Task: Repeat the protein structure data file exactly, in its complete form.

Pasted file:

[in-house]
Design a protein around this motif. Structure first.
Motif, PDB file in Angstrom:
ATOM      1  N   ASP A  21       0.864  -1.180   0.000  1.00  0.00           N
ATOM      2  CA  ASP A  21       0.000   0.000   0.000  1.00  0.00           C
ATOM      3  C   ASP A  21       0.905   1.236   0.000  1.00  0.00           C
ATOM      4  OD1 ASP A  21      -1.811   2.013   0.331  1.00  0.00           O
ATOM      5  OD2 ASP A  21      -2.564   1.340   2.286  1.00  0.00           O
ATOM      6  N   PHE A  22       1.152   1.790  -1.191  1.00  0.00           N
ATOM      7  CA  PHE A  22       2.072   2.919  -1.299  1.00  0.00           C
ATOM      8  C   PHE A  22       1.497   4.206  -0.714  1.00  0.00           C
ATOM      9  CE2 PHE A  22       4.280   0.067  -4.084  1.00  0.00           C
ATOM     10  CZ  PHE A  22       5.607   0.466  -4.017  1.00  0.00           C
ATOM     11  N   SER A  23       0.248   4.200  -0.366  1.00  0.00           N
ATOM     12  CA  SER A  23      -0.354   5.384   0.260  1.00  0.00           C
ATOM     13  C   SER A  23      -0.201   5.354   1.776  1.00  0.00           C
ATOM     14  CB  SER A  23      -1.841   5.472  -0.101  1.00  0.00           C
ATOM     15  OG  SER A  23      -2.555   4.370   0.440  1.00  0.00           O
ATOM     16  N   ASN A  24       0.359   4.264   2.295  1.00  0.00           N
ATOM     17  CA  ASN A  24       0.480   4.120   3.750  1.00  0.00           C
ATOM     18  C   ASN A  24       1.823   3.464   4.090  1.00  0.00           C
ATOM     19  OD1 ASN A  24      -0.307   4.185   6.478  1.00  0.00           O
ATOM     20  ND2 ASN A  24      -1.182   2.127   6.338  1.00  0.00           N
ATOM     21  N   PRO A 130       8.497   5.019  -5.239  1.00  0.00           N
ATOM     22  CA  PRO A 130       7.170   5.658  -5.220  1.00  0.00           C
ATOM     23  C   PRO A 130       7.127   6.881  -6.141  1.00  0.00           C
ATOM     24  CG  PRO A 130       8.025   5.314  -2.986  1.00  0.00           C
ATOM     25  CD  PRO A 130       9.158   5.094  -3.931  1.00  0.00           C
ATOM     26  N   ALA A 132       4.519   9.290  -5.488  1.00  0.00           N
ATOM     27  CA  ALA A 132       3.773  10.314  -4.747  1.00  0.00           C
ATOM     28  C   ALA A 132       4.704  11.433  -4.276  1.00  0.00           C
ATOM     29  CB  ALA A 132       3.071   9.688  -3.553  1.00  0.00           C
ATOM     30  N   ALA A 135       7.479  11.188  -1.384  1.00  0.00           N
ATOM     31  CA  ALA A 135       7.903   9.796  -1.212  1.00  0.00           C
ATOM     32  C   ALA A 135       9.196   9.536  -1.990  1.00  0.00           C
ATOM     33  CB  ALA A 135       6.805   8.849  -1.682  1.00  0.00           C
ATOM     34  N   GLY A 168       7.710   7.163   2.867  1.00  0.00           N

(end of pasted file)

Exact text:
[in-house]
Design a protein around this motif. Structure first.
Motif, PDB file in Angstrom:
ATOM      1  N   ASP A  21       0.864  -1.180   0.000  1.00  0.00           N
ATOM      2  CA  ASP A  21       0.000   0.000   0.000  1.00  0.00           C
ATOM      3  C   ASP A  21       0.905   1.236   0.000  1.00  0.00           C
ATOM      4  OD1 ASP A  21      -1.811   2.013   0.331  1.00  0.00           O
ATOM      5  OD2 ASP A  21      -2.564   1.340   2.286  1.00  0.00           O
ATOM      6  N   PHE A  22       1.152   1.790  -1.191  1.00  0.00           N
ATOM      7  CA  PHE A  22       2.072   2.919  -1.299  1.00  0.00           C
ATOM      8  C   PHE A  22       1.497   4.206  -0.714  1.00  0.00           C
ATOM      9  CE2 PHE A  22       4.280   0.067  -4.084  1.00  0.00           C
ATOM     10  CZ  PHE A  22       5.607   0.466  -4.017  1.00  0.00           C
ATOM     11  N   SER A  23       0.248   4.200  -0.366  1.00  0.00           N
ATOM     12  CA  SER A  23      -0.354   5.384   0.260  1.00  0.00           C
ATOM     13  C   SER A  23      -0.201   5.354   1.776  1.00  0.00           C
ATOM     14  CB  SER A  23      -1.841   5.472  -0.101  1.00  0.00           C
ATOM     15  OG  SER A  23      -2.555   4.370   0.440  1.00  0.00           O
ATOM     16  N   ASN A  24       0.359   4.264   2.295  1.00  0.00           N
ATOM     17  CA  ASN A  24       0.480   4.120   3.750  1.00  0.00           C
ATOM     18  C   ASN A  24       1.823   3.464   4.090  1.00  0.00           C
ATOM     19  OD1 ASN A  24      -0.307   4.185   6.478  1.00  0.00           O
ATOM     20  ND2 ASN A  24      -1.182   2.127   6.338  1.00  0.00           N
ATOM     21  N   PRO A 130       8.497   5.019  -5.239  1.00  0.00           N
ATOM     22  CA  PRO A 130       7.170   5.658  -5.220  1.00  0.00           C
ATOM     23  C   PRO A 130       7.127   6.881  -6.141  1.00  0.00           C
ATOM     24  CG  PRO A 130       8.025   5.314  -2.986  1.00  0.00           C
ATOM     25  CD  PRO A 130       9.158   5.094  -3.931  1.00  0.00           C
ATOM     26  N   ALA A 132       4.519   9.290  -5.488  1.00  0.00           N
ATOM     27  CA  ALA A 132       3.773  10.314  -4.747  1.00  0.00           C
ATOM     28  C   ALA A 132       4.704  11.433  -4.276  1.00  0.00           C
ATOM     29  CB  ALA A 132       3.071   9.688  -3.553  1.00  0.00           C
ATOM     30  N   ALA A 135       7.479  11.188  -1.384  1.00  0.00           N
ATOM     31  CA  ALA A 135       7.903   9.796  -1.212  1.00  0.00           C
ATOM     32  C   ALA A 135       9.196   9.536  -1.990  1.00  0.00           C
ATOM     33  CB  ALA A 135       6.805   8.849  -1.682  1.00  0.00           C
ATOM     34  N   GLY A 168       7.710   7.163   2.867  1.00  0.00           N